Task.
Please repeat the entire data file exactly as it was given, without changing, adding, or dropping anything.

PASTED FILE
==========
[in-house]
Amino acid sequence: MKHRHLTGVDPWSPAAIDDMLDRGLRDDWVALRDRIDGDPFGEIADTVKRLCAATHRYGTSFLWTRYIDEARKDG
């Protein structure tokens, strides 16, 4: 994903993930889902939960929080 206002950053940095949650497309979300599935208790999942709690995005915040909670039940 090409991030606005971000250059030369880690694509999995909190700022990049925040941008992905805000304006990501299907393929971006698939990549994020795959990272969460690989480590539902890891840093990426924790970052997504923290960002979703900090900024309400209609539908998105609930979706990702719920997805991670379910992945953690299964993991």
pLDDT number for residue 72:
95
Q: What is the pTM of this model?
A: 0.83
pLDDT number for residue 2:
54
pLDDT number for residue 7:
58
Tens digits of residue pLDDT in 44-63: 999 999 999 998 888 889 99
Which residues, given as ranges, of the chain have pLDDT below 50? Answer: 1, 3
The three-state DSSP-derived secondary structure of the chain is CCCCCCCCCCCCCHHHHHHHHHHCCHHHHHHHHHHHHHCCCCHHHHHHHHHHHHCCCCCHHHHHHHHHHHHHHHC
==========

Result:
[in-house]
Amino acid sequence: MKHRHLTGVDPWSPAAIDDMLDRGLRDDWVALRDRIDGDPFGEIADTVKRLCAATHRYGTSFLWTRYIDEARKDG
């Protein structure tokens, strides 16, 4: 994903993930889902939960929080 206002950053940095949650497309979300599935208790999942709690995005915040909670039940 090409991030606005971000250059030369880690694509999995909190700022990049925040941008992905805000304006990501299907393929971006698939990549994020795959990272969460690989480590539902890891840093990426924790970052997504923290960002979703900090900024309400209609539908998105609930979706990702719920997805991670379910992945953690299964993991």
pLDDT number for residue 72:
95
Q: What is the pTM of this model?
A: 0.83
pLDDT number for residue 2:
54
pLDDT number for residue 7:
58
Tens digits of residue pLDDT in 44-63: 999 999 999 998 888 889 99
Which residues, given as ranges, of the chain have pLDDT below 50? Answer: 1, 3
The three-state DSSP-derived secondary structure of the chain is CCCCCCCCCCCCCHHHHHHHHHHCCHHHHHHHHHHHHHCCCCHHHHHHHHHHHHCCCCCHHHHHHHHHHHHHHHC